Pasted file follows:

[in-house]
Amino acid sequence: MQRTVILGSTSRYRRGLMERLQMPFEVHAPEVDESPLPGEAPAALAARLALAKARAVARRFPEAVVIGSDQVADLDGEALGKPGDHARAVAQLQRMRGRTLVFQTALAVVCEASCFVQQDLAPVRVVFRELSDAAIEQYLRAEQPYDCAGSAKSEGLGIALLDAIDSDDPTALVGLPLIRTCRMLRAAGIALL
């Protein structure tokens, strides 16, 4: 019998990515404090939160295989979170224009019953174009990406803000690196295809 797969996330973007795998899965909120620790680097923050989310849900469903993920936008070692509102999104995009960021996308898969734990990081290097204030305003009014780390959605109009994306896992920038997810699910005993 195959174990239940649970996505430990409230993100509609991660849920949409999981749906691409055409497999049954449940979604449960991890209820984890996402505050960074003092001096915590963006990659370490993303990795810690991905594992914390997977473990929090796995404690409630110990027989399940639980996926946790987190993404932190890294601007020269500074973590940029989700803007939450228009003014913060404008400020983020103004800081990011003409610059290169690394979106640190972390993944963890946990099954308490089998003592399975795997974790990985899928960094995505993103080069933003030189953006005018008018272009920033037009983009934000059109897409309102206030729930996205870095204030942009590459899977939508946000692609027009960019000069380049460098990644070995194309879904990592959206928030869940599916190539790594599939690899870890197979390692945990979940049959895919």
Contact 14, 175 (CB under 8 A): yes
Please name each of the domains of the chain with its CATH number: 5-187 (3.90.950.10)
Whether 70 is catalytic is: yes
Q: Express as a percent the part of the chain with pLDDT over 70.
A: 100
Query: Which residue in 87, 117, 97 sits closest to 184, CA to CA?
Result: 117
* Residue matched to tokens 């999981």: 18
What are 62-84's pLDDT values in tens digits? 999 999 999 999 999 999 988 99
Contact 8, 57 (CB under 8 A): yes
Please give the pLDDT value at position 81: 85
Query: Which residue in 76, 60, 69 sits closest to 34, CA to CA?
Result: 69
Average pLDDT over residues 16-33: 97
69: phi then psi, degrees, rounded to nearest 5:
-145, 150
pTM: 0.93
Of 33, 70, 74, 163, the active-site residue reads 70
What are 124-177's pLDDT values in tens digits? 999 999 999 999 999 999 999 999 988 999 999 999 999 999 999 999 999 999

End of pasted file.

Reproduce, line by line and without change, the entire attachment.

[in-house]
Amino acid sequence: MQRTVILGSTSRYRRGLMERLQMPFEVHAPEVDESPLPGEAPAALAARLALAKARAVARRFPEAVVIGSDQVADLDGEALGKPGDHARAVAQLQRMRGRTLVFQTALAVVCEASCFVQQDLAPVRVVFRELSDAAIEQYLRAEQPYDCAGSAKSEGLGIALLDAIDSDDPTALVGLPLIRTCRMLRAAGIALL
């Protein structure tokens, strides 16, 4: 019998990515404090939160295989979170224009019953174009990406803000690196295809 797969996330973007795998899965909120620790680097923050989310849900469903993920936008070692509102999104995009960021996308898969734990990081290097204030305003009014780390959605109009994306896992920038997810699910005993 195959174990239940649970996505430990409230993100509609991660849920949409999981749906691409055409497999049954449940979604449960991890209820984890996402505050960074003092001096915590963006990659370490993303990795810690991905594992914390997977473990929090796995404690409630110990027989399940639980996926946790987190993404932190890294601007020269500074973590940029989700803007939450228009003014913060404008400020983020103004800081990011003409610059290169690394979106640190972390993944963890946990099954308490089998003592399975795997974790990985899928960094995505993103080069933003030189953006005018008018272009920033037009983009934000059109897409309102206030729930996205870095204030942009590459899977939508946000692609027009960019000069380049460098990644070995194309879904990592959206928030869940599916190539790594599939690899870890197979390692945990979940049959895919």
Contact 14, 175 (CB under 8 A): yes
Please name each of the domains of the chain with its CATH number: 5-187 (3.90.950.10)
Whether 70 is catalytic is: yes
Q: Express as a percent the part of the chain with pLDDT over 70.
A: 100
Query: Which residue in 87, 117, 97 sits closest to 184, CA to CA?
Result: 117
* Residue matched to tokens 């999981």: 18
What are 62-84's pLDDT values in tens digits? 999 999 999 999 999 999 988 99
Contact 8, 57 (CB under 8 A): yes
Please give the pLDDT value at position 81: 85
Query: Which residue in 76, 60, 69 sits closest to 34, CA to CA?
Result: 69
Average pLDDT over residues 16-33: 97
69: phi then psi, degrees, rounded to nearest 5:
-145, 150
pTM: 0.93
Of 33, 70, 74, 163, the active-site residue reads 70
What are 124-177's pLDDT values in tens digits? 999 999 999 999 999 999 999 999 988 999 999 999 999 999 999 999 999 999